Greece’s PM visits home of Odysseus to declare end to bailout

Alexis Tsipras declared his country would become ‘normal’ again after its modern ‘odyssey’.

Greek prime minister Alexis Tsipras delivers a speech from the western Greek island of Ithaca, legendary home of the ancient mariner Odysseus (Andrea Bonetti/AP)
Greek prime minister Alexis Tsipras delivers a speech from the western Greek island of Ithaca, legendary home of the ancient mariner Odysseus (Andrea Bonetti/AP)

Greece’s prime minister has chosen the home of mythical king Odysseus to declare the end of his country’s bailout era.

Alexis Tsipras made references to ancient legends as he said the country was returning to normality after austerity measures following economic collapse.

In choosing the western island of Ithaca, Mr Tsipras harked back to one of the country’s legendary heroes from antiquity.

Since 2010, Greece has undergone a modern Odyssey
Alexis Tsipras, Greece’s prime minister

Odysseus was the mythical Mycenaean king whose arduous 10-year travels are immortalised in Homer’s Odyssey.

Mr Tsipras said in a televised address that Greece was ready to become a “normal” country again.

“Since 2010, Greece has undergone a modern Odyssey,” he said, in a speech heavy on Homeric and nautical allusions.

“Ithaca is just the beginning.”

Mr Tsipras declared that Greece has regained its financial freedom, after years of bowing to bailout creditors’ demands for sorely-needed cutbacks and reforms.

A woman walks past as a pigeon flies in front of the Greek Parliament (Petros Giannakouris/AP)

Overlooking a small bay from the pine-forested hills, Mr Tsipras’ address provided a reminder of the beginning of Greece’s crisis.

In 2010, then-prime minister, George Papandreou, addressed the Greek people from the eastern Greek island of Kastellorizo, informing them that the country was effectively bankrupt and had to get financial help.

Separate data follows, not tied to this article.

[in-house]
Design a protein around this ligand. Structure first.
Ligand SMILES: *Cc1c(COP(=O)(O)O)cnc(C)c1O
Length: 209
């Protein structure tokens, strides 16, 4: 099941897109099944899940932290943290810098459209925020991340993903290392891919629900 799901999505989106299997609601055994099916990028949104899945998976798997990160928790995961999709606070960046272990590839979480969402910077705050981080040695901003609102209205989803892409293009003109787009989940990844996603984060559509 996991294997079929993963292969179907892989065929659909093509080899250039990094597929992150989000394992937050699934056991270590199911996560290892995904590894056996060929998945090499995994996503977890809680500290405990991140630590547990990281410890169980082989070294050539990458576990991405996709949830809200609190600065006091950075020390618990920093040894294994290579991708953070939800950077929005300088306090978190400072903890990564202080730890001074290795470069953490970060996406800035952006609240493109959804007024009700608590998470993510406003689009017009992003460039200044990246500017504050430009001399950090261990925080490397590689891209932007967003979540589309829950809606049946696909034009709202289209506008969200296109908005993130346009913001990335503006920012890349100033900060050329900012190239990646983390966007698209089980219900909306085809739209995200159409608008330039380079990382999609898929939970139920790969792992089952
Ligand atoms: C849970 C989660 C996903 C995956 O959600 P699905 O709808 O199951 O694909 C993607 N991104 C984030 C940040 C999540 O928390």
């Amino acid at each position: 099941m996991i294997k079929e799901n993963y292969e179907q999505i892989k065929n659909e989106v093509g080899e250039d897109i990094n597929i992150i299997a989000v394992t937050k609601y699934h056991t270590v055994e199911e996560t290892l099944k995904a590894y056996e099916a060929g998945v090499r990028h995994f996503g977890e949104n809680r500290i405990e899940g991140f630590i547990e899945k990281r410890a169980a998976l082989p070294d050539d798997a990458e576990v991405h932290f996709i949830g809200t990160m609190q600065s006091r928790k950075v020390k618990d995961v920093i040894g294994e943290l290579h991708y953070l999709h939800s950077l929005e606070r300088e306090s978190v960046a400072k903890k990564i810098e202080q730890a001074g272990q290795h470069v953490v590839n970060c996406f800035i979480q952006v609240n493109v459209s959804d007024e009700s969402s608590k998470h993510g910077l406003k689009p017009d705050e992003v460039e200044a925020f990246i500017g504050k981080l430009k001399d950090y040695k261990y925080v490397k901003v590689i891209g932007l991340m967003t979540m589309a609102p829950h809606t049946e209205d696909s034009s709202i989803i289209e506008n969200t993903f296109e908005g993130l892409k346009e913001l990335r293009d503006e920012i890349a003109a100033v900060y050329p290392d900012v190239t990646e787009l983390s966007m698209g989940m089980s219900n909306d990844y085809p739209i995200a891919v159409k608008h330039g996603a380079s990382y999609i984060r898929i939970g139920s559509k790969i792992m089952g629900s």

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In return for the loans, successive governments imposed crippling cutbacks to right the country’s finances and balance budgets deeply in the red.

Over the bailout era, the Greek economy contracted by a quarter and unemployment swelled with one in five still out of work.

Incomes were repeatedly slashed and taxes hiked.

It has clearly been a hugely difficult and painful journey for Greece and one that has lasted almost as long as Odysseus’ legendary adventures.

The sun rises behind Propylaea, the monumental gate of the ancient Acropolis hill, left, and the 2500 BC Parthenon temple (Petros Giannakouris/AP)

Odysseus, who was an unwilling protagonist in the 10-year Trojan War, a semi-mythical expedition by Mycenaean Greek kingdoms to conquer the city of Troy in what is now northwestern Turkey.

After the fall of Troy, pursued by angry gods, Odysseus took another 10 years of trials and tribulations at sea to return to Ithaca.

“Now we have reached our destination,” Mr Tsipras said.

“The bailouts that carried with them austerity and recession and turned our country into a social desert are over.”

“Our country is regaining its right to define its own fortunes and future,” he added.

“Like a normal European country, without having policies forced on it by foreign officials, with no more blackmail, no more sacrifices for our people.”

But Greece still remains shackled to the austerity demands of its former creditors.

Two street vendors talk outside the main fish market in Athens (Panayiotis Tzamaros/AP)

And even though it has little fear of new calls for cutbacks from abroad, its hard-won fiscal freedom still carries a high price.

Though the country will no longer have to pass regular checks from creditors to get money it needs to avoid bankruptcy, it cannot return to the old lax ways that put it in a mess in the first place.

During the past eight years, Greece avoided bankruptcy after getting loans worth some 260 billion euro from the other countries that use the euro currency, and from the International Monetary Fund.

Though Greece has turned a massive deficit on its annual budget into a sizeable surplus, further austerity measures remain on the horizon.

Pre-agreed pension cuts and tax hikes lurk in 2019 and 2020.

Press Association

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